BLUF

Australia’s close relationship with the Republic of Korea has just gotten closer following the 2021 meeting between defence and foreign affairs ministers.

Summary

This year, Australia and the Republic of Korea (ROK) celebrate the 60th anniversary of diplomatic relations. And, this year’s 2+2 foreign and defence ministers’ meeting, held on 13 September, reflected an expanding security agenda between the two countries. Three features of this year’s joint Statement are particularly noteworthy:
  1. A combination of shared crises has increased the importance of the partnership. 
  2. The increased prominence of the United States in the bilateral relationship suggests a shifting attitude towards networked allied defence.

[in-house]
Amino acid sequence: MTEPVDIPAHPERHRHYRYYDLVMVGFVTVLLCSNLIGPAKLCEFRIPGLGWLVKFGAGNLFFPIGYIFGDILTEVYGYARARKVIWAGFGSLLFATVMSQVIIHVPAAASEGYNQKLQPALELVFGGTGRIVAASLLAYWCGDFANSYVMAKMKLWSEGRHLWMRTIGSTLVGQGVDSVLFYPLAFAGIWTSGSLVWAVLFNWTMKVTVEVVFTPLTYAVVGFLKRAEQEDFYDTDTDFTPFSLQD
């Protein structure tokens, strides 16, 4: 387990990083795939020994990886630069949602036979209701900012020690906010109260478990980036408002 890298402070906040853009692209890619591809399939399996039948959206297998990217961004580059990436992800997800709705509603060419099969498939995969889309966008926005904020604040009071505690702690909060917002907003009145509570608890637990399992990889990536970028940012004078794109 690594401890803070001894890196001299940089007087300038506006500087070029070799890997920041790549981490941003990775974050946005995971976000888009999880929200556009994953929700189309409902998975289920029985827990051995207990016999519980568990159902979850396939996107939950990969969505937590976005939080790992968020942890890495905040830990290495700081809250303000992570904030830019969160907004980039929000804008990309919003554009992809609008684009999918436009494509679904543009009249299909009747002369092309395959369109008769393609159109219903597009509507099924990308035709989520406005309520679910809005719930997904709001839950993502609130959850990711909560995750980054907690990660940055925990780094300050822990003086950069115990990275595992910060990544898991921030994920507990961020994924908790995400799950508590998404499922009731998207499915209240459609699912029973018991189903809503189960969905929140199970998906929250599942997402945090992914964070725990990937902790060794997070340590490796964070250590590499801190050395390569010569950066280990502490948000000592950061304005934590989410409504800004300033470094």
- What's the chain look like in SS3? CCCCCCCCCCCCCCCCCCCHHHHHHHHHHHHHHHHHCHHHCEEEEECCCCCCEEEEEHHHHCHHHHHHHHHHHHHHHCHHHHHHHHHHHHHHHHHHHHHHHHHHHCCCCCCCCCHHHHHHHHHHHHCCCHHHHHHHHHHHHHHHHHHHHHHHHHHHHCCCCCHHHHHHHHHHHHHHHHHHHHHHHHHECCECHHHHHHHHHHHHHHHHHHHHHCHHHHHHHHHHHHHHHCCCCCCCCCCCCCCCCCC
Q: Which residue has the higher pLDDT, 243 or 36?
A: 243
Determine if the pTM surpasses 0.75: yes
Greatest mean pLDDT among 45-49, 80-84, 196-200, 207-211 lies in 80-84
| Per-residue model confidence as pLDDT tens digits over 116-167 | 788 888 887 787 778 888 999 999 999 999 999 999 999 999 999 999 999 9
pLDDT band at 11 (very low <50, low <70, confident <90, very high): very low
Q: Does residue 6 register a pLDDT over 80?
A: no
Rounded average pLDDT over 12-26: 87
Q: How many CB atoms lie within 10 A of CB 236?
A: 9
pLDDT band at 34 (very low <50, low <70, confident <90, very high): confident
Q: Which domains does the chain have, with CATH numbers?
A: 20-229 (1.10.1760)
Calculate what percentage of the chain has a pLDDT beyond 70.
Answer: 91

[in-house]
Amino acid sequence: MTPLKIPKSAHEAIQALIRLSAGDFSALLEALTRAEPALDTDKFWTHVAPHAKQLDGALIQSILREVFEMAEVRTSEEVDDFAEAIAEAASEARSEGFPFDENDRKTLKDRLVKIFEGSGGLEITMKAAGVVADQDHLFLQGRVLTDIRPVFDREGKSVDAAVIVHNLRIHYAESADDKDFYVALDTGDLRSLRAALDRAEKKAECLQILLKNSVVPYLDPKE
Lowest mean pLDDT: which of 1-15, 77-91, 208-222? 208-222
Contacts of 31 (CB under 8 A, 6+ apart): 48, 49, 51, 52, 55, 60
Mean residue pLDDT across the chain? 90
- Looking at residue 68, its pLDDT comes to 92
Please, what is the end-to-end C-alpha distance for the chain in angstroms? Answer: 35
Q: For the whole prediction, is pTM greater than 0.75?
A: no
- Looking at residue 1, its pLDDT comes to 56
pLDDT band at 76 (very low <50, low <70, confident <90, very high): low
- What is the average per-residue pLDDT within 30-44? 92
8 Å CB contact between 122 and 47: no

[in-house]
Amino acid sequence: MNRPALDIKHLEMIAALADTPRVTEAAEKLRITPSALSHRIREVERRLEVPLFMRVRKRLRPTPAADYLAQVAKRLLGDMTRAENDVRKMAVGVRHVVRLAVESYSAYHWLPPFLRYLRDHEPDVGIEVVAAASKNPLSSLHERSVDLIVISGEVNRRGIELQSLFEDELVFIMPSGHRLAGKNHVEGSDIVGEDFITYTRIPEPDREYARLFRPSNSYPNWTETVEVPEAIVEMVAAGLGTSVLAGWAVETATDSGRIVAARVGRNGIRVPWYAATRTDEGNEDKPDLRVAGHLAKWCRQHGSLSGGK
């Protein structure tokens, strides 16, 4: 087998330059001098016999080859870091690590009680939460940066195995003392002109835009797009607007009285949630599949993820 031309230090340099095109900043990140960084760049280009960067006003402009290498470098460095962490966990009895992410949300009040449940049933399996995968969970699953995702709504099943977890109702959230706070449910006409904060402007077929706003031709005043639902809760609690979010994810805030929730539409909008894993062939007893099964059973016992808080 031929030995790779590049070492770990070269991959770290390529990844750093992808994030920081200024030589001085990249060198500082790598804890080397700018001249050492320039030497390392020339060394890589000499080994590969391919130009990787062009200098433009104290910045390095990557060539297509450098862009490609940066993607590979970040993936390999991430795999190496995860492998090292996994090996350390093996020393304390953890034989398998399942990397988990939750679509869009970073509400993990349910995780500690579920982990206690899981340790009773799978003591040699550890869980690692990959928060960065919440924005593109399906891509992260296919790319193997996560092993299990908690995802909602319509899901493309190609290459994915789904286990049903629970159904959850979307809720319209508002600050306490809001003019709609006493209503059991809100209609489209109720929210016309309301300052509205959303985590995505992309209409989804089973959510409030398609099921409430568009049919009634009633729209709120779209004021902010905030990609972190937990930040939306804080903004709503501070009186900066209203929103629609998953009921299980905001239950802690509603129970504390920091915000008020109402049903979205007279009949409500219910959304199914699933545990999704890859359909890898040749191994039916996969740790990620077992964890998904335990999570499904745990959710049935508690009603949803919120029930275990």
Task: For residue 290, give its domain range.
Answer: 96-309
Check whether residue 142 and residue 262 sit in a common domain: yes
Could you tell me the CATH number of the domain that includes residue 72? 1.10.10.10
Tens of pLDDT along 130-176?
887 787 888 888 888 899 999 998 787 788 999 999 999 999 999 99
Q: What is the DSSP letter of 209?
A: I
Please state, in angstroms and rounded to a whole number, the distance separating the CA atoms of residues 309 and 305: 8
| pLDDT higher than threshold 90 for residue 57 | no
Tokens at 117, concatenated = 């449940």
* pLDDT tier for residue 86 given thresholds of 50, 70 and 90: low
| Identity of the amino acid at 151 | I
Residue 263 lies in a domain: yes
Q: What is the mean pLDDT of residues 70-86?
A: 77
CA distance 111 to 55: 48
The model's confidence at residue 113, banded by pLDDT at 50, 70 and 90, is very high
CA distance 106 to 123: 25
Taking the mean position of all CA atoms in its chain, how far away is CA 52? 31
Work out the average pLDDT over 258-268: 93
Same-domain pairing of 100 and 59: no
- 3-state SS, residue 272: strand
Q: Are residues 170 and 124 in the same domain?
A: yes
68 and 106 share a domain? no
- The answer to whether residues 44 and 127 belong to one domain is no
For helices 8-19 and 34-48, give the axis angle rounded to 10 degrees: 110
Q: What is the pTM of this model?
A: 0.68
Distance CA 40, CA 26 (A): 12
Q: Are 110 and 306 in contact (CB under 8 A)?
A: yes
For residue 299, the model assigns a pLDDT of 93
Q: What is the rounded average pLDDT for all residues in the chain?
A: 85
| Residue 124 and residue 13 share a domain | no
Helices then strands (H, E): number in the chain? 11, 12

3. Australia and the ROK have an ongoing commitment to promoting international peace and prosperity that should not be overlooked.
This year’s joint Statement devotes an entire opening section to the Covid-19 pandemic. Coordinating vaccine production and distribution to Southeast Asian and Pacific neighbours is an example of accomplishing more together than alone. China also casts a long shadow over the joint Statement, although it is not mentioned directly. The Statement’s focus on vaccines, supply chains, energy and trade diversification are all areas where Australia and the ROK have identified vulnerabilities to potential Chinese coercion. This year’s Statement explicitly describes the Australia–ROK relationship as having ‘shared values of freedom, democracy, universal human rights and the rule of law’. And, the ROK finally appears to be reciprocating Australia’s longstanding interest in closer military ties.